She brought suit alleging that she had been retaliated against and constructively discharged because of her complaints about patient care and safety.  A jury returned a verdict in her favor for lost wages and mental anguish in the amount of $128,500.  Emeritus appealed, in part, arguing that the ALFLA provided no private cause of action for retaliation because the Act, while expressly prohibiting retaliation, provided not right to bring a lawsuit.

In reaching its decision, appellate court reviewed a variety of the statutes under the Health & Safety Code.  It noted that some of the provisions contain anti-retaliation provisions and create private rights of action; some have anti-retaliation provisions but only provide for administrative penalties; and one that prohibits retaliation but provides neither an administrative penalty or private right of action.  The Court reasoned that by interpreting the ALFLA to expressly prohibit retaliation but not provide a remedy for retaliation would lead to an absurd result and render the retaliation provisions meaningless.  Therefore, it recognized an implied private cause of action for an employee believing he or she has been retaliated against.

This opinion appears to be in contrast to the longstanding rule in Texas that it is for the Legislature to create new causes of action and not for judicial bodies to do so.  Given the lack of an express private right to file a lawsuit under the statute (when other provisions of the Health & Safety Code provide a remedy), I expect an appeal to the Texas Supreme Court with amicus briefs from the Assisted Living Facility interest and business groups that think a judicially created private cause of action in the absence of express statutory provision providing for such is unsupported by Texas jurisprudence.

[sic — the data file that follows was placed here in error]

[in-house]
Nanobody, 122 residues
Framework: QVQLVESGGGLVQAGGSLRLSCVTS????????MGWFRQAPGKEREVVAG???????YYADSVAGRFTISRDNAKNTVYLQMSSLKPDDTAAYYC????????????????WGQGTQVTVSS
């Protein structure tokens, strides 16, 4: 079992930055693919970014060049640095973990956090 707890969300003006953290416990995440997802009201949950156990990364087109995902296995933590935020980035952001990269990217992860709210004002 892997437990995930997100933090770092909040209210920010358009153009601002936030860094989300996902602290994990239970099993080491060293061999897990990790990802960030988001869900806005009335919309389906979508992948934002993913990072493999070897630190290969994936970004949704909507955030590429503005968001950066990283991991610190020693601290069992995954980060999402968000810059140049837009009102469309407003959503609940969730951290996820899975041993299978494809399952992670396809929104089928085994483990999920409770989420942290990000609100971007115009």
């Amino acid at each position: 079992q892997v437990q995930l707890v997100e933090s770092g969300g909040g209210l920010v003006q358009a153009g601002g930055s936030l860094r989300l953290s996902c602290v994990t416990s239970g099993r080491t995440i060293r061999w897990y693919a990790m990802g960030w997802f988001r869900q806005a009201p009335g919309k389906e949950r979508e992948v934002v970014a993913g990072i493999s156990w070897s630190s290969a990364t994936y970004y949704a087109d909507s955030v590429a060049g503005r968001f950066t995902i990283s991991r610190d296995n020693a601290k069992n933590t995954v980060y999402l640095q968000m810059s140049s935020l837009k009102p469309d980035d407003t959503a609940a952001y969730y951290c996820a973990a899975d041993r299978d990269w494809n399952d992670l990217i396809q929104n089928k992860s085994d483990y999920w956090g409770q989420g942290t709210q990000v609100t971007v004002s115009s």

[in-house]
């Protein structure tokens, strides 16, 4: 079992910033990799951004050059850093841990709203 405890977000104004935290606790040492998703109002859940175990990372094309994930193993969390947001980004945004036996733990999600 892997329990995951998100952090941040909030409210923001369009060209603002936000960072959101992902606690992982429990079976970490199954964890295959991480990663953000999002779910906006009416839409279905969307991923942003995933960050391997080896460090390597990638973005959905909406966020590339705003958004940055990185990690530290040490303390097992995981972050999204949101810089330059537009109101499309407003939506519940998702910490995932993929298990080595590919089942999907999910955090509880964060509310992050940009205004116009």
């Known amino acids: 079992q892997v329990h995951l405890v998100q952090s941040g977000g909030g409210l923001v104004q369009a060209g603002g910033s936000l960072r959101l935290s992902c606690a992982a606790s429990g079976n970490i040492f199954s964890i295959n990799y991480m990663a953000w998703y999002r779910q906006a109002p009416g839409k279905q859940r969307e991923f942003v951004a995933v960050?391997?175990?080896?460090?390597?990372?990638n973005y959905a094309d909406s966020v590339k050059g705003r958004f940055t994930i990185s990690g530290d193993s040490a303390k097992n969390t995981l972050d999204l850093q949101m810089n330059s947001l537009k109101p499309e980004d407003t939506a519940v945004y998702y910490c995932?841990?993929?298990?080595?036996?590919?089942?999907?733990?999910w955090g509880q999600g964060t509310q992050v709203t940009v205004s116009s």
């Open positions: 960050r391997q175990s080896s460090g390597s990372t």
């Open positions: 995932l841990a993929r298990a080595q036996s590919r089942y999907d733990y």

You can download a complete copy of the Court's opinion in Emeritus Corp. v. Blanco here.

Follow me on Twitter @RussellCawyer.

Wal-Mart v. Dukes Not Evidence of High Court Pro-Business Slant

I keep reading reports that Wal-Mart v. Dukes, where the Court reversed a class certification including 1.5 million women (who worked all over the U.S. under different supervisors at different stores) that was based on the company giving supervisors too much discretion, 125 anecdotal stories and an expert report employing dubious social framework analysis, demonstrates that the Court has a pro-business slant.  (Examples here, here and here).  These articles are prompted largely by the Senate Judiciary hearing held June 29, 2011 entitled "Barriers to Justice and Accountability: How the Supreme Court's Recent Rulings will Affect Corporate Behavior."  I disagree that the Court has a pro-business bias in employment discrimination, harassment and retaliation cases.

In the four employment cases heard this term, the Court found for the employee/plaintiff on three of those cases --all retaliation cases.  For example, in Kasten the Court held that employees can engage in FLSA-protected activity by making complaints orally rather than just in writing.  In Thompson, the Court held that an employee who has never engaged in Title VII protected activity can bring a retaliation claim if they are closely associated with another that has engaged in protected activity.  Finally, in Staub, the Court held that an employee can maintain a USERRA retaliation case even where the decision maker is unaware of the employee protected activity if the plaintiff can show that